Controlling Fluids with Acoustic Waves at the Nanoscale

Discovery in nanofluidics could lead to medical breakthroughs.

The use of acoustic waves to manipulate fluids through channels at the nanoscale level represents a long-sought breakthrough in the field of nanofluidics. Researchers have struggled to move fluids at such a small scale due to the traditionally required use of high temperatures, expensive equipment and pressures of 1 megaPascal (the equivalent of 10 atmospheres).

A team of mechanical engineers at the University of California San Diego, led by James Friend, has been attempting to utilize acoustic waves to move fluids for many years, but it was the development of a device containing nanoscale channels and constructed from lithium niobate which spurred new life into the nanofluidics field.

The new technique involves the use of acoustic waves (with a frequency of 20 megaHertz) to move fluids in nanoslits measuring from 50 to 250 nanometers in height. By altering the direction of the acoustic waves relative to the fluid and the height of the channels, the researchers were able to separate particles from their original fluidic form and isolate them in the shape of a dry mass.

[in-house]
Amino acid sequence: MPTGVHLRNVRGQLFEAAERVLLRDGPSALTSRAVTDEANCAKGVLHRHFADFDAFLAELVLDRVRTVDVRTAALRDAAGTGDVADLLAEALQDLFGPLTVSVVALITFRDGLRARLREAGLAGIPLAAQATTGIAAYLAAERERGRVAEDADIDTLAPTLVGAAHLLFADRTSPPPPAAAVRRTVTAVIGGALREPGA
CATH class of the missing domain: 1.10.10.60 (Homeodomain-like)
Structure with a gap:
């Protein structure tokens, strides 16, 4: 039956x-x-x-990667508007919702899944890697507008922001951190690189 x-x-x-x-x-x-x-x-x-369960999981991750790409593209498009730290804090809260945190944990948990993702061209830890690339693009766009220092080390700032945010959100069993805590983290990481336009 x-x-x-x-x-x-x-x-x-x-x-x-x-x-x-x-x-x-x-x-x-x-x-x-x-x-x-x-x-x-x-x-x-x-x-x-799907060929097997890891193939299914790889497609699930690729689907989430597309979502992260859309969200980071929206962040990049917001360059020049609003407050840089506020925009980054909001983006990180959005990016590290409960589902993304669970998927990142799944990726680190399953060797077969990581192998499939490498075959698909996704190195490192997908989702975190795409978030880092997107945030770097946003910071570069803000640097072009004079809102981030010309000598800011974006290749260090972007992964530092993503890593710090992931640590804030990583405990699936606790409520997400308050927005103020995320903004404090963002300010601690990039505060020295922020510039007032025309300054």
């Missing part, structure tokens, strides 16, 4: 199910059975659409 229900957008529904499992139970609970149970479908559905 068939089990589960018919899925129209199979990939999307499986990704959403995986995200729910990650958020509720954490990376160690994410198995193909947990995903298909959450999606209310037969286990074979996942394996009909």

The key advantage stemming from this new device is its ability to move fluids at room temperature, allowing for significant reductions in cost and complexity of the entire process.

The implications of this discovery range from the ability to sort, isolate and analyze individual cells and other biological elements, to a new method of filtering particles and bacteria. On the whole, this technique has the potential to greatly enhance the speed and efficiency of medical diagnostic methods.

For a very different application of acoustic waves, learn how engineers create acoustic holograms.